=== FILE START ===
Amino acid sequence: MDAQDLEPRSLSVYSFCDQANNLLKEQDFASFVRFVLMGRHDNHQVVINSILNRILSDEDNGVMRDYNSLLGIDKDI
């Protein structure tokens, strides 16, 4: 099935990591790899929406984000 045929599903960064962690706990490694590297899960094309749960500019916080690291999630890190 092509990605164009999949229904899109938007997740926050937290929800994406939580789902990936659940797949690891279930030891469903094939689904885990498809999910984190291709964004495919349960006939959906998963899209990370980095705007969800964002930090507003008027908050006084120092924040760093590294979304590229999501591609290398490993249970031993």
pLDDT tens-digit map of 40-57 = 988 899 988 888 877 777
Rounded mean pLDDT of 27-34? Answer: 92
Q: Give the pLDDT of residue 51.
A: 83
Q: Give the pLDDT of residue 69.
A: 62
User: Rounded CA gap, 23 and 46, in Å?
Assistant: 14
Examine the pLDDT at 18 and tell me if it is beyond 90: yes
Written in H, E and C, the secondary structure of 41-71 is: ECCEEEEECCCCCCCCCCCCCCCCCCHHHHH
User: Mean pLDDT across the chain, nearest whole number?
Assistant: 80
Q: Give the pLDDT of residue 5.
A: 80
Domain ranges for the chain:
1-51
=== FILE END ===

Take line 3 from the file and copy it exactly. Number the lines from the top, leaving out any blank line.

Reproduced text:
pLDDT tens-digit map of 40-57 = 988 899 988 888 877 777